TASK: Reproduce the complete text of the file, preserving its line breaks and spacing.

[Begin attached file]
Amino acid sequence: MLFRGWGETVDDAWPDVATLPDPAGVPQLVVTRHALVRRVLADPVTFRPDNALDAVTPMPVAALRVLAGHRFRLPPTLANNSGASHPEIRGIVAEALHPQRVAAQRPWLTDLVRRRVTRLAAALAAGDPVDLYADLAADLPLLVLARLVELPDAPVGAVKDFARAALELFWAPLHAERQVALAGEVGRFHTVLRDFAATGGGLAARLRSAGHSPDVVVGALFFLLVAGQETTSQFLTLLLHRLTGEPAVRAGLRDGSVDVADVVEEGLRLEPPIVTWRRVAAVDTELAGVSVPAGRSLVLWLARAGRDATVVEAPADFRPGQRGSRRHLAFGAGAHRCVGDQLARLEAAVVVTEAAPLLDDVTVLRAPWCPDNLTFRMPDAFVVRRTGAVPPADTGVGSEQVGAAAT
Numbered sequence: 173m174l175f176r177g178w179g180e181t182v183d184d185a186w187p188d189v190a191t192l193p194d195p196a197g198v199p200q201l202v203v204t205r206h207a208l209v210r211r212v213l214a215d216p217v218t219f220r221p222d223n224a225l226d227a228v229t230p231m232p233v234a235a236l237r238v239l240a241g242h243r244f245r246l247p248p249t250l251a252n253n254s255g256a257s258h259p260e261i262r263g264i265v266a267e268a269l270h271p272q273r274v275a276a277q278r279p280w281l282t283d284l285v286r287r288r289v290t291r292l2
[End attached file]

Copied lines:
Amino acid sequence: MLFRGWGETVDDAWPDVATLPDPAGVPQLVVTRHALVRRVLADPVTFRPDNALDAVTPMPVAALRVLAGHRFRLPPTLANNSGASHPEIRGIVAEALHPQRVAAQRPWLTDLVRRRVTRLAAALAAGDPVDLYADLAADLPLLVLARLVELPDAPVGAVKDFARAALELFWAPLHAERQVALAGEVGRFHTVLRDFAATGGGLAARLRSAGHSPDVVVGALFFLLVAGQETTSQFLTLLLHRLTGEPAVRAGLRDGSVDVADVVEEGLRLEPPIVTWRRVAAVDTELAGVSVPAGRSLVLWLARAGRDATVVEAPADFRPGQRGSRRHLAFGAGAHRCVGDQLARLEAAVVVTEAAPLLDDVTVLRAPWCPDNLTFRMPDAFVVRRTGAVPPADTGVGSEQVGAAAT
Numbered sequence: 173m174l175f176r177g178w179g180e181t182v183d184d185a186w187p188d189v190a191t192l193p194d195p196a197g198v199p200q201l202v203v204t205r206h207a208l209v210r211r212v213l214a215d216p217v218t219f220r221p222d223n224a225l226d227a228v229t230p231m232p233v234a235a236l237r238v239l240a241g242h243r244f245r246l247p248p249t250l251a252n253n254s255g256a257s258h259p260e261i262r263g264i265v266a267e268a269l270h271p272q273r274v275a276a277q278r279p280w281l282t283d284l285v286r287r288r289v290t291r292l2